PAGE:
You might consider genetic testing if you suspect an inherited condition in your family
You may be a candidate for genetic testing if you know or suspect there is a genetic disease in your family. In other words, if there is a condition such as cancer that affects several members of your family, genetic testing might be helpful. Genetic testing might also be helpful in children that have a delay in development and/or multiple birth defects, or in adults who have multiple severe health problems. Talk to your doctor or a genetic counselor if you would like to know about your risk for a genetic condition and what genetic testing could tell you. Even if your family does not appear to have an obvious risk of a genetic condition, seeing a genetic counselor can give you piece of mind if you have questions or concerns.
The genetic counselor will work with you to explain what genetic tests might be appropriate, what information they might provide, and when testing may not be helpful to you. There are circumstances when you may decide not to have testing, including:
- When you clearly would prefer not to know if a risk was inherited, even if there is a strong family history
- If there is no treatment available or little health benefit to learning about a genetic condition
- If you are relying on life insurance – in some cases, positive genetic testing results may invalidate life insurance coverage.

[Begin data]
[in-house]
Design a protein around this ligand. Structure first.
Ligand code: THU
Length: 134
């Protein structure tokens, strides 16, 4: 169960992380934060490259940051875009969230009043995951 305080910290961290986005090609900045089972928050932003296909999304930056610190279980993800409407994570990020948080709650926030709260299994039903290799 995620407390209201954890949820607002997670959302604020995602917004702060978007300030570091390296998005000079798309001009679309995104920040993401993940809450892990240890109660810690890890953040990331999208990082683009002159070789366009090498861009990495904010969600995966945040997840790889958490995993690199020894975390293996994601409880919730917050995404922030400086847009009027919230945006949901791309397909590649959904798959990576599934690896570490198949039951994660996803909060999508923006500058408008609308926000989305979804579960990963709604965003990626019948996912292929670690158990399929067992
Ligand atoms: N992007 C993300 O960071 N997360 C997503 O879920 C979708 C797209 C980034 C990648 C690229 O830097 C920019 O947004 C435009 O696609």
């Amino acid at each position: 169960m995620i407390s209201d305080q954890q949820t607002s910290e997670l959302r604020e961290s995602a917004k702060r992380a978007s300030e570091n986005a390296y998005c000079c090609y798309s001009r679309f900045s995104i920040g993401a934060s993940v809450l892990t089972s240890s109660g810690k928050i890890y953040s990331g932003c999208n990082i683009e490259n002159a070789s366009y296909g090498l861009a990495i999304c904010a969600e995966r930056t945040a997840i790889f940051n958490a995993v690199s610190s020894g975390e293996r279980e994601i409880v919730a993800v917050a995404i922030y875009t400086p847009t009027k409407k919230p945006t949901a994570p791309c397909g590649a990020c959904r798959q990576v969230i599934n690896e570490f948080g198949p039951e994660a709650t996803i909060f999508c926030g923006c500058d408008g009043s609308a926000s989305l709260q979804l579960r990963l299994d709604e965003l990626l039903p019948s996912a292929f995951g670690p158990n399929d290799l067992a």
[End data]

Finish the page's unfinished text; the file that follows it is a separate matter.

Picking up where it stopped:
Even if you have a strong family history of a condition, the genetic counselor may recommend an affected family member get tested first. This is most helpful because if genetic testing detects a genetic mutation in that person, it’s highly likely that is the cause of the condition. This can provide more information for everyone in the family and validates the test. At that point, you and other family members can decide if you would like to be tested for the same genetic mutation. If a genetic mutation is not found in that relative, the genetic counselor will guide you regarding whether or not genetic testing will be helpful for you.
There are other times when you may not be interested in genetic testing for a particular condition but rather are interested in non-disease related information, such as ancestry or paternity. These are relatively new methods to find out more genetic knowledge about yourself with Direct-to-Consumer Genetic Testing. Learn More about whether direct-to-consumer genetic testing is right for you and how genetic counselors are available to help you along the way.
Find a Genetic Counselor